A common misconception is that you can contract the flu from a flu vaccine, but Dr. DeVeau says that is not possible because the shot uses a deadened form of the virus.

7. The flu shot changes each year. 

Before each flu season, the CDC determines which strains of influenza appear to most likely to occur that year. The vaccine will still reduce your chances of contracting certain strains of the virus and if you do get sick, having the vaccine can significantly reduce the severity of your symptoms.

“They kill that strain and they introduce it through the flu shot into our body,” he explains. “When your immune system comes into contact with that killed virus, it activates the immune system and creates antibodies. When you do come across the real flu, then you’re ready to fight it off and not get sick from the flu.”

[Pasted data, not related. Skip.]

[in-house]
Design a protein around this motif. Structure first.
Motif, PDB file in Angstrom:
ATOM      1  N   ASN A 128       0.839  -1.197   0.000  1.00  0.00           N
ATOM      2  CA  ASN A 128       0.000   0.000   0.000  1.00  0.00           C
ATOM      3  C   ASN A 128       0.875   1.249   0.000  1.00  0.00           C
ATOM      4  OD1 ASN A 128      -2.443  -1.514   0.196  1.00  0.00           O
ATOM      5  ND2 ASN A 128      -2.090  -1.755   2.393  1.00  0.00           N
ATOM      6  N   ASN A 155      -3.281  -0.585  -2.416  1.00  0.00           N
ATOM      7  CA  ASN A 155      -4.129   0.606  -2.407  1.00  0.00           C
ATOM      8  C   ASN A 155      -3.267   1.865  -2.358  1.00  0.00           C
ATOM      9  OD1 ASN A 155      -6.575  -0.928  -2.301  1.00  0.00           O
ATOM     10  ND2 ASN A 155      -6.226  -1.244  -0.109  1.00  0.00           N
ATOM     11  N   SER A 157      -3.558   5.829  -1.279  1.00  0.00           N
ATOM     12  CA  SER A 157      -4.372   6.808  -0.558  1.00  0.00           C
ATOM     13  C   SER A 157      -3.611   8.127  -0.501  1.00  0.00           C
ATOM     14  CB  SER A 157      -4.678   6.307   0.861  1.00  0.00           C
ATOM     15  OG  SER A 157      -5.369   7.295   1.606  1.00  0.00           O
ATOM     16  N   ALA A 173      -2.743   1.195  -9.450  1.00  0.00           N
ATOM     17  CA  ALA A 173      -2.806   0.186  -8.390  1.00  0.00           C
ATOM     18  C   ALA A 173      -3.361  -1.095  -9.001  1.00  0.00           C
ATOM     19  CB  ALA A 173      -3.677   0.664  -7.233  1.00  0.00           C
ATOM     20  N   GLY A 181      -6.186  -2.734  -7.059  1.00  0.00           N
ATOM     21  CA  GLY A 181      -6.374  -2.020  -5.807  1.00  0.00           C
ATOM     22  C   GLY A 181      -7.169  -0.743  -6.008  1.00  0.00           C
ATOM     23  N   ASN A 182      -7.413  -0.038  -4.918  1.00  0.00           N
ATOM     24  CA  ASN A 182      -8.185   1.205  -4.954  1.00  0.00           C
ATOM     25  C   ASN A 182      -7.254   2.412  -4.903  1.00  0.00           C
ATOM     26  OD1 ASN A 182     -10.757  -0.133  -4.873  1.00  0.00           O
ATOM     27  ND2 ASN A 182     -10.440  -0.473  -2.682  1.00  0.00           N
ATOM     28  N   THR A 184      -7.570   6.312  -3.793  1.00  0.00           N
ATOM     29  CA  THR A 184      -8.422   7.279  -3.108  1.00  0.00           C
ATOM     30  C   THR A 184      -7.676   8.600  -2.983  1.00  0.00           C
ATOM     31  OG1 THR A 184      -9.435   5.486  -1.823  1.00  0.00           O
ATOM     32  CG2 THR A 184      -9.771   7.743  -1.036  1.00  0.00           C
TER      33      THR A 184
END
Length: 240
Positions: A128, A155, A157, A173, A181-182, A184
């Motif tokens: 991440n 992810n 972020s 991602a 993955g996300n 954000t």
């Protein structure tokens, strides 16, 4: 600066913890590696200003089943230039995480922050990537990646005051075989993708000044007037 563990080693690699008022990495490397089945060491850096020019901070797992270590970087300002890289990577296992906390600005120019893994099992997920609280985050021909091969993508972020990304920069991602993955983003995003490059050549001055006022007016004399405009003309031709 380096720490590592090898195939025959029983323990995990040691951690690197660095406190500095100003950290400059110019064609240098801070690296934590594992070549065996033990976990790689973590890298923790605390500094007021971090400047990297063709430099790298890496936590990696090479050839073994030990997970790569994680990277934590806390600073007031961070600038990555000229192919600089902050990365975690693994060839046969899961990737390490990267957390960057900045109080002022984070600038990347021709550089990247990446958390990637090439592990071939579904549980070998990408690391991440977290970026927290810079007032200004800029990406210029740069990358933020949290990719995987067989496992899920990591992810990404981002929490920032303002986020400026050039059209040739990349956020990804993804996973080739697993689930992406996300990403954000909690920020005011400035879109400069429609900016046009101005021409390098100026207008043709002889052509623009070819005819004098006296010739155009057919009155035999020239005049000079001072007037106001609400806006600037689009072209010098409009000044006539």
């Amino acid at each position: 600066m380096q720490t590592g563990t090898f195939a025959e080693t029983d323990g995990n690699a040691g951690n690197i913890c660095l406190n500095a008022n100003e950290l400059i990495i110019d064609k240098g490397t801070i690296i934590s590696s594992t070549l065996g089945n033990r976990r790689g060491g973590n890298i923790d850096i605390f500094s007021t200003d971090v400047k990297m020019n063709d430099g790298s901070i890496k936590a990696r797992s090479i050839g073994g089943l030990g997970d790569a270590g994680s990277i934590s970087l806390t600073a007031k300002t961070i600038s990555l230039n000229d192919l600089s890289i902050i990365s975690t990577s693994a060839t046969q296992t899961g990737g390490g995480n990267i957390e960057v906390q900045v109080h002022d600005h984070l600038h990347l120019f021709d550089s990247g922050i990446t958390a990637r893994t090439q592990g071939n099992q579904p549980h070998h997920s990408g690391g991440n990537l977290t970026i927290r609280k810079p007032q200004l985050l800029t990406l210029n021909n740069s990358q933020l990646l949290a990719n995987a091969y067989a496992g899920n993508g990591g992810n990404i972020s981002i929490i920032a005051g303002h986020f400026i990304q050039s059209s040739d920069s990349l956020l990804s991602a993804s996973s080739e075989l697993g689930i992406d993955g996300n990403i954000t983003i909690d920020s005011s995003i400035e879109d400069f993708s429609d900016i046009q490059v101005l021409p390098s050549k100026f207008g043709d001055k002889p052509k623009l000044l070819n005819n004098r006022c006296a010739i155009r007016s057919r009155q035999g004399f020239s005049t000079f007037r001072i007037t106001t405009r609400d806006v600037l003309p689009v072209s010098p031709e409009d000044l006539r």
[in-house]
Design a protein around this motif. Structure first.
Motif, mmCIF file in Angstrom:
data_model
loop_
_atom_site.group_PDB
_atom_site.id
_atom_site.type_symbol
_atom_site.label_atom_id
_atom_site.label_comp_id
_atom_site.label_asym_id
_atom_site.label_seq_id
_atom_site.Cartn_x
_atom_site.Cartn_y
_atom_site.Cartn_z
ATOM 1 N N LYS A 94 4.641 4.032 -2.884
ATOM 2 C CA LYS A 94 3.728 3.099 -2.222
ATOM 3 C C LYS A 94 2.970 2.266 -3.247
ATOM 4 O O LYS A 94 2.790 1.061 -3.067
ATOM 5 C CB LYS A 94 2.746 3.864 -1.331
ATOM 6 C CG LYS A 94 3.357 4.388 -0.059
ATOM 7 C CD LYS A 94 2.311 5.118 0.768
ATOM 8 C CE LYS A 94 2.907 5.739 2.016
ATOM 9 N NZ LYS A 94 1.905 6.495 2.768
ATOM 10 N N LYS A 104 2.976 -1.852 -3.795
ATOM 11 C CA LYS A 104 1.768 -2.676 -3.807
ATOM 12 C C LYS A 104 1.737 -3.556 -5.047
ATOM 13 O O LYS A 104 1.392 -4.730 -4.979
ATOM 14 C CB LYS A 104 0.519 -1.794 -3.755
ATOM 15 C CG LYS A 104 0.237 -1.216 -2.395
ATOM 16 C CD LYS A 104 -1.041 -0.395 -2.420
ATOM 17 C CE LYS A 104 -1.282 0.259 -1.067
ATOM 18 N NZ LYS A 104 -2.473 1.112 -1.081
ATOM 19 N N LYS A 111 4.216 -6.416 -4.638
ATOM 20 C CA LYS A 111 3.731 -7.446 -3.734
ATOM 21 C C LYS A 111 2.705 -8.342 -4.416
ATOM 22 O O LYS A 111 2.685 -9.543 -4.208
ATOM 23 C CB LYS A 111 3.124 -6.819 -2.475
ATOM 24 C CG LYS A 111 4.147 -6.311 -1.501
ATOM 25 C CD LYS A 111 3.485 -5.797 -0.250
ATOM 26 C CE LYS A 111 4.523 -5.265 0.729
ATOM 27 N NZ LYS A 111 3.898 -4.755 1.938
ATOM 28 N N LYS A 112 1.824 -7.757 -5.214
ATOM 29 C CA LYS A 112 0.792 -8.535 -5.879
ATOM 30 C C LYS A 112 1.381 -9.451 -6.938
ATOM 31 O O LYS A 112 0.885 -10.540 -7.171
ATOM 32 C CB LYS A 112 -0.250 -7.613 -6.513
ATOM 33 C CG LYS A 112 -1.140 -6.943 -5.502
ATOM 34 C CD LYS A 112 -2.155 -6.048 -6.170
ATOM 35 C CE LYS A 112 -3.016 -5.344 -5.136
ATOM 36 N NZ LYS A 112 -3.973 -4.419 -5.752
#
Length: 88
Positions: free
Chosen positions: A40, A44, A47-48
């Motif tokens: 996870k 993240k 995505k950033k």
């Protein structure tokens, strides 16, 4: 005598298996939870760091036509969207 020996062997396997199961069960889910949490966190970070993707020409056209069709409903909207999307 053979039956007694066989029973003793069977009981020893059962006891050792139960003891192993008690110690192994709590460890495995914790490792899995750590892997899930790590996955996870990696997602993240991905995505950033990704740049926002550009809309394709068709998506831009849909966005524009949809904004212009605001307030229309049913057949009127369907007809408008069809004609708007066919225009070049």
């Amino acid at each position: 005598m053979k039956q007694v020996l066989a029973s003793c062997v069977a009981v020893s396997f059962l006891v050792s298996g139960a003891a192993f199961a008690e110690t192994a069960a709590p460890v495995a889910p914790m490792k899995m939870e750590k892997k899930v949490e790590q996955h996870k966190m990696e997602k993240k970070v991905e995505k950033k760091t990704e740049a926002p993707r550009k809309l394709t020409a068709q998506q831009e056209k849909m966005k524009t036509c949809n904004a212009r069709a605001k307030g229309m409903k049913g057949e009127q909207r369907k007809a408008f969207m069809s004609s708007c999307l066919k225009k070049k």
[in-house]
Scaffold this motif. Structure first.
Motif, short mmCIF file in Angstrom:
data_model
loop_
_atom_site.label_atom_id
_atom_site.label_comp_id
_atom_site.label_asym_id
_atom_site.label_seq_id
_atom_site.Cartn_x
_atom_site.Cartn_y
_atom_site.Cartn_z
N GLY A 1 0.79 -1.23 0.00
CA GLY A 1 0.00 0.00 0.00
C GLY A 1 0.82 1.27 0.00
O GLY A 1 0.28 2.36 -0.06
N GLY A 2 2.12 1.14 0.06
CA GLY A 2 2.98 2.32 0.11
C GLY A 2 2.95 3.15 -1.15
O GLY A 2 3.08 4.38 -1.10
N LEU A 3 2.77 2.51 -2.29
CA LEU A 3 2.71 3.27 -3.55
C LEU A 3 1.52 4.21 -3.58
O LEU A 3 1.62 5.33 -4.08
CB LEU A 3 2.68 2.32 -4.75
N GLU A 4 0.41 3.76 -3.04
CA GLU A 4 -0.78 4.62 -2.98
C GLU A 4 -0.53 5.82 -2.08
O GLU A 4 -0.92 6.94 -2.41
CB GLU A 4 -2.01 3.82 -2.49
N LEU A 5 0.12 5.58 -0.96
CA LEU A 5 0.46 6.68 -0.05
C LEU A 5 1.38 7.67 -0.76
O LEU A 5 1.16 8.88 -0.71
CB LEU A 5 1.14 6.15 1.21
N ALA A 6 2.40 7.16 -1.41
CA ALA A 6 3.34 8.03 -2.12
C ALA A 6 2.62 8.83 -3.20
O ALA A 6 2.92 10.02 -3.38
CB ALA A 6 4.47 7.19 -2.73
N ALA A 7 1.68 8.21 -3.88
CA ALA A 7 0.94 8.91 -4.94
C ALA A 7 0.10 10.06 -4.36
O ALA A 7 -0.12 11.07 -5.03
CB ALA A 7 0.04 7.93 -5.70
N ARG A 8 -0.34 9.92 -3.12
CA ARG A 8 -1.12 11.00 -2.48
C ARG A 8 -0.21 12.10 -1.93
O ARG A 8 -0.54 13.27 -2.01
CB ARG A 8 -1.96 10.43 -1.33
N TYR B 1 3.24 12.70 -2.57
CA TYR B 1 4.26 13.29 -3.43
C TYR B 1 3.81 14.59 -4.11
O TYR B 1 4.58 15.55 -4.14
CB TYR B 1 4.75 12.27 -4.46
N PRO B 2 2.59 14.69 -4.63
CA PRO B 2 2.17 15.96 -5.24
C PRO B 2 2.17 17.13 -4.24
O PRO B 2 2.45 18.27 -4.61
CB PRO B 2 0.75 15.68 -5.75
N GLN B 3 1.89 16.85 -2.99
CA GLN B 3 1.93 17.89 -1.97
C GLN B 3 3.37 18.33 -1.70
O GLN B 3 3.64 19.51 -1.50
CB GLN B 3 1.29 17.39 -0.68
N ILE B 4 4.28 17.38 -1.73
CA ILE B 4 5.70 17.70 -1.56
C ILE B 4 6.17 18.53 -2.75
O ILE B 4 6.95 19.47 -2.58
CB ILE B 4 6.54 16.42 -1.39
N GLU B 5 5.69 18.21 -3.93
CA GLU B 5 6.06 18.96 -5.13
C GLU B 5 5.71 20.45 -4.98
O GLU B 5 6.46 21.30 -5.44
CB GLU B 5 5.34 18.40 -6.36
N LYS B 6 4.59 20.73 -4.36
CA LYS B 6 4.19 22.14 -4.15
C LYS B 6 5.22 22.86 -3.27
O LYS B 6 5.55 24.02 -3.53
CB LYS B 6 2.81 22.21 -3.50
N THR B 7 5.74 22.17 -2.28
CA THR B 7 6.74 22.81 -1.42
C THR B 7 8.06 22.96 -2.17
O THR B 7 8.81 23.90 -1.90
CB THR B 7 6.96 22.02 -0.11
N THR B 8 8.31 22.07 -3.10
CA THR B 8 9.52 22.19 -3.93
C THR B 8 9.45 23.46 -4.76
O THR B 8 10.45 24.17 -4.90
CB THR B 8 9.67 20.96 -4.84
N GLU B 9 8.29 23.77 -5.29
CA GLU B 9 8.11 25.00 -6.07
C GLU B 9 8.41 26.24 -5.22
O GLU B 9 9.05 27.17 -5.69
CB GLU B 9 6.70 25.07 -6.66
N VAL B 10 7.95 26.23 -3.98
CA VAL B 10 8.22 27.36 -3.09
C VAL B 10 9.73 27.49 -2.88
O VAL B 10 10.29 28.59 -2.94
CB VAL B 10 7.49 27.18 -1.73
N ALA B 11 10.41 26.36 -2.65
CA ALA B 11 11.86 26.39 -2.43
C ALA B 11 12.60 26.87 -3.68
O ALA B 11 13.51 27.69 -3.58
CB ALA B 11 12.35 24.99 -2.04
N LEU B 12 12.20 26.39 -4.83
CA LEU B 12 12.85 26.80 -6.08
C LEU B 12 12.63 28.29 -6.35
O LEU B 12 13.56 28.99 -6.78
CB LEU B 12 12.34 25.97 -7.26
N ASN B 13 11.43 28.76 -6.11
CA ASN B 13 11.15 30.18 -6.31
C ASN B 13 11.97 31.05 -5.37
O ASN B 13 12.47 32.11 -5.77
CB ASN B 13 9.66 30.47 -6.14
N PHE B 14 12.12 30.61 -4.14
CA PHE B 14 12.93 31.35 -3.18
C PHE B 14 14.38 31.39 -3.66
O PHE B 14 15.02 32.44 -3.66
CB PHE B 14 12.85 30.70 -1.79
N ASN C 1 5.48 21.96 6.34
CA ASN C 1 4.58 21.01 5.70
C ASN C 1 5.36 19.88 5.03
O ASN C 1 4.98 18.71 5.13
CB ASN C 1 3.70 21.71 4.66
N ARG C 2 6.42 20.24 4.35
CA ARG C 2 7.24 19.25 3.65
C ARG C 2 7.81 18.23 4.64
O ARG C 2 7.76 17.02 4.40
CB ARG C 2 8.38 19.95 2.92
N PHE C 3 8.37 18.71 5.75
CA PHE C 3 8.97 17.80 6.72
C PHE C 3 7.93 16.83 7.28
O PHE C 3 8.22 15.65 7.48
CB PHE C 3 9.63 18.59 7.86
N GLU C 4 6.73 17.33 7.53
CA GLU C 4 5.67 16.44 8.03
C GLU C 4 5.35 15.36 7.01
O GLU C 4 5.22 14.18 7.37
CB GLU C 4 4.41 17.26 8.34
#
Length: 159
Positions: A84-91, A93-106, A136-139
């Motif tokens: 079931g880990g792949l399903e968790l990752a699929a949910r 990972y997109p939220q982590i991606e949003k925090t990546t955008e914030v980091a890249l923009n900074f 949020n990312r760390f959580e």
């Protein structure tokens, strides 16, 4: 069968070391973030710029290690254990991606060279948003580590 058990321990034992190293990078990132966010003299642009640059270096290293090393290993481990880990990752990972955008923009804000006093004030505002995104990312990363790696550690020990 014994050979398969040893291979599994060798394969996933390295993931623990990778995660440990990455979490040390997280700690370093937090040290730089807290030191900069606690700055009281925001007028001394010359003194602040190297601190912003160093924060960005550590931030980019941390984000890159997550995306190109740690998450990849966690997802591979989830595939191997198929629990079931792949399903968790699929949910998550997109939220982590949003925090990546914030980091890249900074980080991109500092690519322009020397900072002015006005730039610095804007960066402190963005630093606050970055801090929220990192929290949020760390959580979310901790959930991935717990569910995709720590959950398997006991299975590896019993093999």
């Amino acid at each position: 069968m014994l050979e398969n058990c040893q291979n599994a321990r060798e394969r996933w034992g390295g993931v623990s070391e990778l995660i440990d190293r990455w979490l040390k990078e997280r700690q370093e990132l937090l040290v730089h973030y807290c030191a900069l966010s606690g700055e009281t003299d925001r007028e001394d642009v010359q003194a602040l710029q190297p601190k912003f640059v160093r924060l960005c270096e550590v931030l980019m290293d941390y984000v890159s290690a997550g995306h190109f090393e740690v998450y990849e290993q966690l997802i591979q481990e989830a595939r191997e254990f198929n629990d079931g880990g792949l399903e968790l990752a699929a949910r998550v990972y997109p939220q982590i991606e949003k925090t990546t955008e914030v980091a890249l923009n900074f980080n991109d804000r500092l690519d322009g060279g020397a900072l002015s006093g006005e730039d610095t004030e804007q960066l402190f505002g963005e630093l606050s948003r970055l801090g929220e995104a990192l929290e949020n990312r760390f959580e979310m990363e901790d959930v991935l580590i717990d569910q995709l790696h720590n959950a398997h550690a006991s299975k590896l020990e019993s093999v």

8. Flu shot side effects are usually mild.

There are a few possible side effects from the vaccine, such as headache, stuffy nose or sore throat. While many people experience no side effects, if you do, they should only last for a day or so. Considering that the flu itself typically lasts for one to two weeks and the symptoms can be severe, the flu shot is a better alternative.

9. The sooner you get the flu shot, the better.

Flu season usually starts sometime in October and can last until May, so it is important to get vaccinated early.

“We used to want to wait until later in the flu season to give the shot, but because it’s so variable, the CDC now recommends that when you’re able to find a flu shot, you go ahead and get the flu shot at that time,” says Dr. DeVeau.